When asked to talk about some of the most memorable things she experienced during her tenure, June recalled a myriad of experiences; however, one stuck out the most. At some point during the early 1980s, June led a student mission team to Honduras. Though June could not confirm the validity of the statement, during that trip, the Southern Baptist missionary in Tegucigalpa informed her that the Mississippi State BSU team was the first student group to ever come to do evangelism in Honduras. The trip was a success, and they continued their work there for approximately eight more years. It was during one of those later trips that the Lord taught June and the others on the team about the power of prayer. When they arrived in Honduras, the country had been in a drought for about three months. In the '80s, when a drought occurred in Honduras. While ministering to students at a school on a mountain, forest fires were actively burning in the area. The Director of Religious Activities received a phone call from his wife alerting him to the fact that a forest fire was in their back yard and they were about to lose everything they had. He and June gathered up all of the MSU students, jumped in jeeps, and went to help try and put out the fire. They took sticks and started beating the fire from around the house. With the help of the fire truck that later arrived, they were able to get control of the fire and save the house. Once the fire was under control, June and the students gathered up to pray: “We circled up to pray and we asked God to send rain.” That night after supper she called her husband, Charlie, to tell him about the day. While she was on the phone, she said, “I heard rain.” Choking back tears, she repeated, “I heard rain.” It rained over 2 inches that night on the mountain, and all of the fires that were encircling the school were put out with the rain water. June was emphatic with her next proclamation: “There will never be a Mississippi State student that was on that trip that will not believe in the power of prayer. Because we saw, just like Elijah when he prayed that God would send the rain, God sent the rain. I won’t ever forget that as long as I live.”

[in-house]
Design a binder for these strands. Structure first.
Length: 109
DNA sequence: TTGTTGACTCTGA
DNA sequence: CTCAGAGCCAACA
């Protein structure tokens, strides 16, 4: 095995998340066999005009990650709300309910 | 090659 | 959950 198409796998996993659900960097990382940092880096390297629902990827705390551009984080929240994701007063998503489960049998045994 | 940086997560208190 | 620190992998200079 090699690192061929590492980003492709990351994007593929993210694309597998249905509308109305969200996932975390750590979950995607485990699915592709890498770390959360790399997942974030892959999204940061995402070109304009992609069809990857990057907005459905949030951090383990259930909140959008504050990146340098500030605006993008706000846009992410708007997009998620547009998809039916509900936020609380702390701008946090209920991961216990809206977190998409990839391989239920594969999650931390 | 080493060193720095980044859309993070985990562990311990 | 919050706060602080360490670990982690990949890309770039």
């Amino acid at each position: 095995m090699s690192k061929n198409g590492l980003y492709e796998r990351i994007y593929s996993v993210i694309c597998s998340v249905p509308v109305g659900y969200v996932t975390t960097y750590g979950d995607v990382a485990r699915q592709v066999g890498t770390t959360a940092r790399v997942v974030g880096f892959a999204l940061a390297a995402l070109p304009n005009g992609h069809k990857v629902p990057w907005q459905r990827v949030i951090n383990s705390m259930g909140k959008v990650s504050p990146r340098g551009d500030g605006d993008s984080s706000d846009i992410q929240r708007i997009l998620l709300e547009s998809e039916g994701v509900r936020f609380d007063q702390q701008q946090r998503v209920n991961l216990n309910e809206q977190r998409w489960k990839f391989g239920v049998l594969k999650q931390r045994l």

Over the years, she has seen many things change in the ministry of the BSU. However, the one thing that has NOT changed is the fact that the most successful tactic in getting students involved in the ministry is personally inviting them to take part. She explains, “When you believe in a program or you believe in a ministry to the point that you are willing to invite someone to come with you and be a part of it, that is the greatest way to get people involved.”
I asked her to recount some of the greatest victories she has seen over the last five decades, and the following was her response: “Of course, the greatest victories are when you see a college student come to know Christ as their personal Lord and Savior. But, another victory is when you see college students find their identity in Christ. When they realize that God has a purpose and meaning for their life, and they realize that He has something that He wants them to do. That is a huge victory to me. From the very get go up until now, one of the most common things that students struggle with is, ‘What is God’s will for my life?’ So many students do not have a positive concept of themselves. For them to realize that they are deeply loved by the Father; for them to realize that He created them; for them to realize that He made them special and gifted them the way they are gifted for a reason and a purpose. For a student to come to know and understand that and then to sense what it is that God wants them to do, whether that is to be a doctor, or a teacher, or a minister: that is one of the greatest things you can be a part of in collegiate ministry.”